Arundel author and publisher writes her memoirs
Sandra, who is 88 “although I certainly don’t feel it – mentally, at least!”, said: “I wanted to write my autobiography before I pop my clogs! Writing my autobiography put in place all I have experienced in my long life, and I think that other people, not just the elderly, like me, will find much to relate to in my book. During the lockdowns, like so many, I felt imprisoned at home. If I went out, I had to wear a mask, ugh! I couldn’t hug my family and friends, for fear of infection – and that was especially difficult, because I am a very huggy person! Imprisoned, I needed to find something positive to do with my time and set down a life full of action, colour and excitement, not just for my own satisfaction, but to share with my family and many friends worldwide. The starting point of my book is my birth and babyhood in Manchester. I can still remember it. Well, not my birth, obviously, but my childhood. Yes, I can remember a lot about my childhood. Wow, what an elephantine memory I have! The first pages of the book have a particular historical importance. The war-breakout in 1939 stands out but come 1939, and the slump, everything changed dramatically, as it did for many people. A bomb sliced away our luxurious house in Crumpsall, north Manchester. My father lost his lucrative Manchester job and we had to leave for a small cottage in Pen-y-ffordd, in Flintshire, North Wales. My mother had to swap her befurred lifestyle for a pinny and loving determination to keep smiling for us three children and her husband. She did a great job. That’s why I have dedicated my memoir to her. I still miss her and talk to her at the kitchen sink even though she died in 1972. She has never left me.”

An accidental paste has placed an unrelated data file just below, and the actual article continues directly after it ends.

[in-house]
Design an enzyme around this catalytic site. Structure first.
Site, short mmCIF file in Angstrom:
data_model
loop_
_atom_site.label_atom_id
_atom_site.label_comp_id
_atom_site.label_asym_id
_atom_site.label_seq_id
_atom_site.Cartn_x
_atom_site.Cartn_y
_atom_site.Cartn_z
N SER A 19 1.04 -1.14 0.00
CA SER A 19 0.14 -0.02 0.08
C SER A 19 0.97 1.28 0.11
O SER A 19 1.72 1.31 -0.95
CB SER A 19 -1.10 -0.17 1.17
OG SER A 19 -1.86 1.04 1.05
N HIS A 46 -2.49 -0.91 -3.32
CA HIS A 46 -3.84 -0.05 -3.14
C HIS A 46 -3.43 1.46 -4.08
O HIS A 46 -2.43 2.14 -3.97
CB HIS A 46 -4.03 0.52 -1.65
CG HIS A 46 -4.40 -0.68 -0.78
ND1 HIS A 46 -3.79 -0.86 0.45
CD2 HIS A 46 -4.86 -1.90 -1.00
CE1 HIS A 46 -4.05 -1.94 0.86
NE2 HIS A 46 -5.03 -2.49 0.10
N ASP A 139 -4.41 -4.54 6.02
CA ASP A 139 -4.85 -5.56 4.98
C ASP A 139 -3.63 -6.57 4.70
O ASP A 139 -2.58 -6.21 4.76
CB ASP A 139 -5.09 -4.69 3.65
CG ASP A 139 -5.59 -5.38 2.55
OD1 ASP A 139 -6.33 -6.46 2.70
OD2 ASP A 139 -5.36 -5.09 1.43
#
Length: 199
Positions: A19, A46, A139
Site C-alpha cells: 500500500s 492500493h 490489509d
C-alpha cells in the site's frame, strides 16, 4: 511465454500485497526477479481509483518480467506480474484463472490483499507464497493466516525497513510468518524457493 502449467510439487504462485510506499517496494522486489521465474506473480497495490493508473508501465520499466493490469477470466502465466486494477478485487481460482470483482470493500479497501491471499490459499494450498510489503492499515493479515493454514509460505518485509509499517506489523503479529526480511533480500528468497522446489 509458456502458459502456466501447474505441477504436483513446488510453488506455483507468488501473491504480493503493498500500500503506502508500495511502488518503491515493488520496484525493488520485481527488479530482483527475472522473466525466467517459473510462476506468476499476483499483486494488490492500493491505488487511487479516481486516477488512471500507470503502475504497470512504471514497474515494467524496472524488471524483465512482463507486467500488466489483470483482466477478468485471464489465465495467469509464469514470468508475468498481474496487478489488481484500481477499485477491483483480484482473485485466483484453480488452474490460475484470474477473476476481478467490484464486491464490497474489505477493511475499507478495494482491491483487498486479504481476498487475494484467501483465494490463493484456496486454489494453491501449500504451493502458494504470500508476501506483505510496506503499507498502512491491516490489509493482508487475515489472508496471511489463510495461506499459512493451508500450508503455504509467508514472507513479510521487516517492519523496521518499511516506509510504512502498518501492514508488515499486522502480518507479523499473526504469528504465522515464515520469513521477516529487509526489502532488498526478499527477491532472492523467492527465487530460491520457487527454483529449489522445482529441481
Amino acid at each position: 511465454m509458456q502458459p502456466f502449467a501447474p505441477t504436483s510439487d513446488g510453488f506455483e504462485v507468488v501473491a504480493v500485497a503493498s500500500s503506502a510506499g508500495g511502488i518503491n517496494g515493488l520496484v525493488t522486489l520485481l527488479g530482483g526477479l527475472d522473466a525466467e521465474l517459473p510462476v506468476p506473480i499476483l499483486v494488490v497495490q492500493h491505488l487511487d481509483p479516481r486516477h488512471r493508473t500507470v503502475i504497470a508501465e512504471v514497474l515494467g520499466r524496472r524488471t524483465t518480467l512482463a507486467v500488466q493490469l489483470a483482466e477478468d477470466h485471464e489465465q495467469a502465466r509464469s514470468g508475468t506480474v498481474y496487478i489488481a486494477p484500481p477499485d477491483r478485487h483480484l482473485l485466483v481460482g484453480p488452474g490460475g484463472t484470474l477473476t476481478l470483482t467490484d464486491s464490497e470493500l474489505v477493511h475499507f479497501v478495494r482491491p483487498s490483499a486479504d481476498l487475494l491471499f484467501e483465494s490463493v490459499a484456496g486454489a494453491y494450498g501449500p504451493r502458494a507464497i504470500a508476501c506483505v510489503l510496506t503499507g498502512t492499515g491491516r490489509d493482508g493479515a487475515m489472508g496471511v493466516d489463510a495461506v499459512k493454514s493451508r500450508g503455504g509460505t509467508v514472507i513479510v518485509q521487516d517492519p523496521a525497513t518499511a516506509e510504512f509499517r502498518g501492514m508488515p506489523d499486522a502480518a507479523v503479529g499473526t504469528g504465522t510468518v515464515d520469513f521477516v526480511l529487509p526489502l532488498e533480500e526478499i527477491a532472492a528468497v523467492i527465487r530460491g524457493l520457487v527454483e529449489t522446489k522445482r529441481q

Sandra’s previous works include “a trilogy about Pear Tree Cottage, my beloved home for 28 years, six miles down the road from Arundel. The major anthology of my poetry is Along The Bronzing Lanes. For my four children when they were young, I wrote two children’s books, The Giant And The Mouse (out of print now) and Star Sandwiches And Moon Custard about their happy childhood in County Dublin, on a farm, where my husband bred racehorses. Pre-IRA, it was a wonderful place to be.
“I was seven when I wrote my first poem. I’ve been a wordsmith ever since, especially after rigorous early training to write on the Chester Chronicle: not a word too many, just the right amount of column inches to suit a story. I shall be selling the books here in Arundel. At present my venues are Arundel Market and the Arundel Craft and Artisan Market at the Norfolk Centre, next to the Castle’s entrance gate. I might try and add to these, but I’m concentrating really on selling books to personal customers, including those who have bought from me over the years.”